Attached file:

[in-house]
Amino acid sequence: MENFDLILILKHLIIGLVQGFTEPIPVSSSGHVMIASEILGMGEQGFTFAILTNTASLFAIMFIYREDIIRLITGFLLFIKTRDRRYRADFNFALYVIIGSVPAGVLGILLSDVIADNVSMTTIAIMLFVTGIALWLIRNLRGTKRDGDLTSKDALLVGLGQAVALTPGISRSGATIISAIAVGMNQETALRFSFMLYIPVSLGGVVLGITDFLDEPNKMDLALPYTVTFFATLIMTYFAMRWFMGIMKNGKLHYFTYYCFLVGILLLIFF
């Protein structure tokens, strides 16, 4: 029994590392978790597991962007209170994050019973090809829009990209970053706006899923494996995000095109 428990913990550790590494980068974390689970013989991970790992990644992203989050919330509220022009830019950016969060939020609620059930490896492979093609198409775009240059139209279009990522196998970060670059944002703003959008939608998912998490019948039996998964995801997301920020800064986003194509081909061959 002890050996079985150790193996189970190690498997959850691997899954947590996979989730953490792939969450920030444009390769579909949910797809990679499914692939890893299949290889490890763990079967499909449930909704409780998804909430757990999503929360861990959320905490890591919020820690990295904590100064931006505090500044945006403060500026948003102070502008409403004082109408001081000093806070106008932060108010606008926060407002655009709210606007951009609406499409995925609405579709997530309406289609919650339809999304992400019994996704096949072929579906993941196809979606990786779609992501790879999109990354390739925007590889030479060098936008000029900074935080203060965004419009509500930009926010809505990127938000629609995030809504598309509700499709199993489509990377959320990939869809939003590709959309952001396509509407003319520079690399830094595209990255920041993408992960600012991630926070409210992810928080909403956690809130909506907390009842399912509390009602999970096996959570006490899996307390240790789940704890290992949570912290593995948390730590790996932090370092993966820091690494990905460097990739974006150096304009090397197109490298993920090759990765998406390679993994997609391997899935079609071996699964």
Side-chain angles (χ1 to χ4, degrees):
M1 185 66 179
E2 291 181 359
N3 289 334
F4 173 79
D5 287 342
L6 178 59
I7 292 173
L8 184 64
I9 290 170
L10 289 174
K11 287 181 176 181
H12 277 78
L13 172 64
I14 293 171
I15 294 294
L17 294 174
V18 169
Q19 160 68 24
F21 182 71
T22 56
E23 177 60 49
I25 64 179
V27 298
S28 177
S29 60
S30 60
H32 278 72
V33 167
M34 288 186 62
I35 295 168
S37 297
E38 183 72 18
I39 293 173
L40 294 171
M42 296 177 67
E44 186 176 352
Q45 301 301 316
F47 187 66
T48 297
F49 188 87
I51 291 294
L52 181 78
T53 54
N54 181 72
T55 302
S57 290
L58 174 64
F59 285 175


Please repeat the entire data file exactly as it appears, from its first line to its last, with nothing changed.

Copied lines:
[in-house]
Amino acid sequence: MENFDLILILKHLIIGLVQGFTEPIPVSSSGHVMIASEILGMGEQGFTFAILTNTASLFAIMFIYREDIIRLITGFLLFIKTRDRRYRADFNFALYVIIGSVPAGVLGILLSDVIADNVSMTTIAIMLFVTGIALWLIRNLRGTKRDGDLTSKDALLVGLGQAVALTPGISRSGATIISAIAVGMNQETALRFSFMLYIPVSLGGVVLGITDFLDEPNKMDLALPYTVTFFATLIMTYFAMRWFMGIMKNGKLHYFTYYCFLVGILLLIFF
């Protein structure tokens, strides 16, 4: 029994590392978790597991962007209170994050019973090809829009990209970053706006899923494996995000095109 428990913990550790590494980068974390689970013989991970790992990644992203989050919330509220022009830019950016969060939020609620059930490896492979093609198409775009240059139209279009990522196998970060670059944002703003959008939608998912998490019948039996998964995801997301920020800064986003194509081909061959 002890050996079985150790193996189970190690498997959850691997899954947590996979989730953490792939969450920030444009390769579909949910797809990679499914692939890893299949290889490890763990079967499909449930909704409780998804909430757990999503929360861990959320905490890591919020820690990295904590100064931006505090500044945006403060500026948003102070502008409403004082109408001081000093806070106008932060108010606008926060407002655009709210606007951009609406499409995925609405579709997530309406289609919650339809999304992400019994996704096949072929579906993941196809979606990786779609992501790879999109990354390739925007590889030479060098936008000029900074935080203060965004419009509500930009926010809505990127938000629609995030809504598309509700499709199993489509990377959320990939869809939003590709959309952001396509509407003319520079690399830094595209990255920041993408992960600012991630926070409210992810928080909403956690809130909506907390009842399912509390009602999970096996959570006490899996307390240790789940704890290992949570912290593995948390730590790996932090370092993966820091690494990905460097990739974006150096304009090397197109490298993920090759990765998406390679993994997609391997899935079609071996699964």
Side-chain angles (χ1 to χ4, degrees):
M1 185 66 179
E2 291 181 359
N3 289 334
F4 173 79
D5 287 342
L6 178 59
I7 292 173
L8 184 64
I9 290 170
L10 289 174
K11 287 181 176 181
H12 277 78
L13 172 64
I14 293 171
I15 294 294
L17 294 174
V18 169
Q19 160 68 24
F21 182 71
T22 56
E23 177 60 49
I25 64 179
V27 298
S28 177
S29 60
S30 60
H32 278 72
V33 167
M34 288 186 62
I35 295 168
S37 297
E38 183 72 18
I39 293 173
L40 294 171
M42 296 177 67
E44 186 176 352
Q45 301 301 316
F47 187 66
T48 297
F49 188 87
I51 291 294
L52 181 78
T53 54
N54 181 72
T55 302
S57 290
L58 174 64
F59 285 175